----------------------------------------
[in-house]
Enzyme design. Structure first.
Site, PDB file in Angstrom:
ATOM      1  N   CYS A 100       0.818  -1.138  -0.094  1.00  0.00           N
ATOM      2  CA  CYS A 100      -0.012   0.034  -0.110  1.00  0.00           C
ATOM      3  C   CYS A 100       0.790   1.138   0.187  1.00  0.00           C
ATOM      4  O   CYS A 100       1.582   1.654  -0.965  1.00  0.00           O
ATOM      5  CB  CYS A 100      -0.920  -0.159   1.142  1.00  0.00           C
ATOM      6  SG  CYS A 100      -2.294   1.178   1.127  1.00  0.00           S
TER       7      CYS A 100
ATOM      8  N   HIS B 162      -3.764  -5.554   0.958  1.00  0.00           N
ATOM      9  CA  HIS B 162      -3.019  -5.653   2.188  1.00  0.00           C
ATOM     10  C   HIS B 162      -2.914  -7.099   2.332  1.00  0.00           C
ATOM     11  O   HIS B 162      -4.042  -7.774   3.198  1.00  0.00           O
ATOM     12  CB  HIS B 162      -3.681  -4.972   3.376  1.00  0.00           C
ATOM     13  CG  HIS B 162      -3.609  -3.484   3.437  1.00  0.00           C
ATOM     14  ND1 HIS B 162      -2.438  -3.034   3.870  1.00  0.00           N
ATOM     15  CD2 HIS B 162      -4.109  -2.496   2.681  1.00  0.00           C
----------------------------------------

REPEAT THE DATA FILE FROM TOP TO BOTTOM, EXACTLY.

[in-house]
Enzyme design. Structure first.
Site, PDB file in Angstrom:
ATOM      1  N   CYS A 100       0.818  -1.138  -0.094  1.00  0.00           N
ATOM      2  CA  CYS A 100      -0.012   0.034  -0.110  1.00  0.00           C
ATOM      3  C   CYS A 100       0.790   1.138   0.187  1.00  0.00           C
ATOM      4  O   CYS A 100       1.582   1.654  -0.965  1.00  0.00           O
ATOM      5  CB  CYS A 100      -0.920  -0.159   1.142  1.00  0.00           C
ATOM      6  SG  CYS A 100      -2.294   1.178   1.127  1.00  0.00           S
TER       7      CYS A 100
ATOM      8  N   HIS B 162      -3.764  -5.554   0.958  1.00  0.00           N
ATOM      9  CA  HIS B 162      -3.019  -5.653   2.188  1.00  0.00           C
ATOM     10  C   HIS B 162      -2.914  -7.099   2.332  1.00  0.00           C
ATOM     11  O   HIS B 162      -4.042  -7.774   3.198  1.00  0.00           O
ATOM     12  CB  HIS B 162      -3.681  -4.972   3.376  1.00  0.00           C
ATOM     13  CG  HIS B 162      -3.609  -3.484   3.437  1.00  0.00           C
ATOM     14  ND1 HIS B 162      -2.438  -3.034   3.870  1.00  0.00           N
ATOM     15  CD2 HIS B 162      -4.109  -2.496   2.681  1.00  0.00           C